As super PACs gear up to spend hundreds of millions of dollars on this year’s elections, the well-paid political consultants who are cashing in on the outpouring of unrestricted money are getting some long-overdue scrutiny.
Expensive elections have always translated into fat paychecks for the political professionals who create and place ads, conduct polls and contact voters. But in the super PAC era, consultants are scooping up record sums while facing few accountability rules and little oversight. That’s pointed up ethical gray areas and potential self-dealing.
In January, Roll Call reported that some super PAC organizers are pulling double duty as political consultants to the super PACs, collecting hundreds of thousands of dollars in ad placement commissions and consulting fees.
These include Larry McCarthy, a board member for Restore Our Future, the leading super PAC backing presumptive GOP nominee Mitt Romney. McCarthy’s firm, McCarthy-Hennings Media, has done more than $400,000 worth of work for the super PAC so far. McCarthy, best known as the man behind the “Willie Horton” ad that helped derail Michael Dukakis’ presidential bid in 1988, could not be reached for comment.
Some of the best-paid consultants to super PACs have close ties to the people who run the super PACs. Last year, one of the top four consultants to the Democrat-friendly super PAC known as Majority PAC, for example, was married to the group’s then-executive director, Monica Dixon. Asked about that relationship, a Majority PAC strategist said Dixon played no role in hiring her husband’s firm, the Dixon/Davis Media Group. Dixon has since left Majority PAC.
More recently, the Los Angeles Times and nonprofit news organization Pro Publica have turned up other suspect arrangements. The Times first reported the leading super PAC backing erstwhile GOP hopeful Rick Santorum was launched by former Santorum aide Nick Ryan, who happens to run a consulting firm that’s been paid close to $2 million by the super PAC.
Ryan formed the firm, Global Intermediate, late last year, a couple of months after launching the pro-Santorum super PAC, the Red, White and Blue Fund. Since then, his firm has been paid $1.9 million, according to a Pro Publica database — more than one-third of the $5.1 million that the super PAC had spent as of late March. Ryan could not be reached for comment. Responding via email, Red, White and Blue Fund spokesman Stuart Roy said Ryan’s firm ran a highly effective phone and mail operation for the super PAC: “We won 11 states on a very tight budget.”
Pro Publica also disclosed that the bulk of the millions of dollars paid out by Winning Our Future, the super PAC backing former Speaker Newt Gingrich (Ga.), has been handled by four little-known consulting firms that work exclusively for the super PAC and were formed at about the same time.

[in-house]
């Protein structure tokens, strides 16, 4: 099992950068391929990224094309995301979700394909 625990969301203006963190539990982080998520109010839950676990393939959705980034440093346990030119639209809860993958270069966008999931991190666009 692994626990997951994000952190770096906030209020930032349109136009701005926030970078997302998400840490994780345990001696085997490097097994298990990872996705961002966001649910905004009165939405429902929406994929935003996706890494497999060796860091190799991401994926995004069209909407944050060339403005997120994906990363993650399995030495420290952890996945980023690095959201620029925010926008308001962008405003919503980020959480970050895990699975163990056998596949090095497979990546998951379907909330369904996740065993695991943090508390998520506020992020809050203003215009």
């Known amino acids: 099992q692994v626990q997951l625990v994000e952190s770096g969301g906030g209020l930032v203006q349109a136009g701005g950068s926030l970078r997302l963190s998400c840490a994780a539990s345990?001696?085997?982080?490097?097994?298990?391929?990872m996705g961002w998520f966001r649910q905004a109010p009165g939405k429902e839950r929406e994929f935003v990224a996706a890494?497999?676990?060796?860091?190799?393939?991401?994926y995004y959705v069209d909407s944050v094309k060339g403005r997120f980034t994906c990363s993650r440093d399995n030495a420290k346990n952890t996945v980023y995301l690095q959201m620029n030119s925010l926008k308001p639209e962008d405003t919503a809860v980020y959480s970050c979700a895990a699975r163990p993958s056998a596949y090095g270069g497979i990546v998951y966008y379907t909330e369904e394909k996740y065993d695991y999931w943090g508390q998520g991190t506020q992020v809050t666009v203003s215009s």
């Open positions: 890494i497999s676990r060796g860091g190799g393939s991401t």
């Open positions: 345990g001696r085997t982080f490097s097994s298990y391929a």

The four firms — Media Advantage, Marketel Media, Intelimarc Inc. and Empire Creative — have bare-bones websites or no website at all. Together, they’ve received $13.8 million of the $15.4 million that Winning Our Future has spent, according to Pro Publica.
The super PAC’s organizers “wanted people with integrity, who were loyal to Newt, and who had experience — who had the skills we were looking for,” said Rick Tyler, a senior adviser to Winning Our Future. Media Advantage and Empire Creative are run by longtime GOP consultant Ken Kurson, Tyler said. He added that Marketel Media is run by Sam Hassell, an Internet marketing specialist who’s worked for a conservative advocacy group. Hassell also runs Intelimarc, according to Pro Publica.
Not all super PAC money lines the pockets of consultants themselves, of course. When media firms place ads, the bulk of the super PAC’s money ends up in the hands of the TV and radio stations running the messages. Political consultants keep only a percentage as commission.
Nor does anyone suggest that consultants with close super PAC ties are breaking the law. Unlike political candidates, who are barred from using campaign money for personal use, super PACs operate in a largely rules-free zone. Super PAC organizers, moreover, stress that the industry polices itself because reputation is the coin of the realm and bad actors are quickly driven from the business.
Still, some consultants worry that the boom in unrestricted money spells danger for their industry. Unlike candidate campaigns and even political party committees, which tend to run on passions and volunteers, super PACs appear largely driven by one thing: money. Unhampered by the contribution limits that constrain candidates, they are also arguably less accountable to voters.
“Donors should beware,” said Paul Ryan, associate legal counsel at the nonpartisan Campaign Legal Center. “To the extent that a donor is going to make a contribution to a super PAC, he should know full well that there are no restrictions on what the super PAC can do with the money — other than the prohibition on making contributions to the candidates or coordinating expenditures with candidates.”
Twice since 2009, the Federal Election Commission has recommended that Congress extend the ban on candidates using campaign funds for personal use to all political committees, including PACs and super PACs. The FEC pointed to a “growing problem” in the area of “unauthorized disbursements” by such committees. Given the confluence of big money and lax oversight at super PACs, that problem appears only likely to grow.
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